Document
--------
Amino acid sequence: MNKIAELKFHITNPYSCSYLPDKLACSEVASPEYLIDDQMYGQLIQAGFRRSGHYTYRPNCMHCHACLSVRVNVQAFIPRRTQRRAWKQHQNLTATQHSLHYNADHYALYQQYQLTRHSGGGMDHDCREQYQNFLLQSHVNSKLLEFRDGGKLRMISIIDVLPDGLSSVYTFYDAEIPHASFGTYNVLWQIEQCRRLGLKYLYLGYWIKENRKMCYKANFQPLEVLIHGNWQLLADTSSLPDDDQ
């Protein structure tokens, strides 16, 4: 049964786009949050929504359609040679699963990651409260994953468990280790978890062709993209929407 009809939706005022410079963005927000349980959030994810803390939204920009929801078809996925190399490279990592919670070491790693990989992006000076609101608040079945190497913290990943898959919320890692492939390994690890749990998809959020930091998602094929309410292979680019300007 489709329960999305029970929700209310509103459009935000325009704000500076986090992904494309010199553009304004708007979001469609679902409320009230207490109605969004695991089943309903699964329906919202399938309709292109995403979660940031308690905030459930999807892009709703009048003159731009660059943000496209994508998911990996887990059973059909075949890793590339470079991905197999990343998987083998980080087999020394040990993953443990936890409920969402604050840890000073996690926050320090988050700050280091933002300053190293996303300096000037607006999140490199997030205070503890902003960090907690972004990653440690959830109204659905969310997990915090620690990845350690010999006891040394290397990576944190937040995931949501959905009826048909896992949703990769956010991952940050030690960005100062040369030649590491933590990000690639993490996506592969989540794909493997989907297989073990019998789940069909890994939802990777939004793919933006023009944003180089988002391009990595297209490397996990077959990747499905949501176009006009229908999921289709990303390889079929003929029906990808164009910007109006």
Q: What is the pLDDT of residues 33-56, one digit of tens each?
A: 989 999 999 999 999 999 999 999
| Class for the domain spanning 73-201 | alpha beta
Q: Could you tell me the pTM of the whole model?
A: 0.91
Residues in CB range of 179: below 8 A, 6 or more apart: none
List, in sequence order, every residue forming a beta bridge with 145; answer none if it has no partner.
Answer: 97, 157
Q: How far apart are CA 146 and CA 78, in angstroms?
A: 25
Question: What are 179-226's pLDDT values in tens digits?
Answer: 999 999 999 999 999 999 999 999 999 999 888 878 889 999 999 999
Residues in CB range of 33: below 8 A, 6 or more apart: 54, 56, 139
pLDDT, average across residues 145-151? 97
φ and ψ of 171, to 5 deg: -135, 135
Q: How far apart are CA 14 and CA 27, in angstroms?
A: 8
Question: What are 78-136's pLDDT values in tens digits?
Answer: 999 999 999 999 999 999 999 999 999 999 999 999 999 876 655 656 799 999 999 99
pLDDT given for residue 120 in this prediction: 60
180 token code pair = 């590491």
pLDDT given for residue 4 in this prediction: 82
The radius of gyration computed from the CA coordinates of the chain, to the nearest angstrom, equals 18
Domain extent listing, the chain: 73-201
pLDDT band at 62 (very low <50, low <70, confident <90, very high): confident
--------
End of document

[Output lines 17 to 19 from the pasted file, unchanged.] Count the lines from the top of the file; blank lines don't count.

φ and ψ of 171, to 5 deg: -135, 135
Q: How far apart are CA 14 and CA 27, in angstroms?
A: 8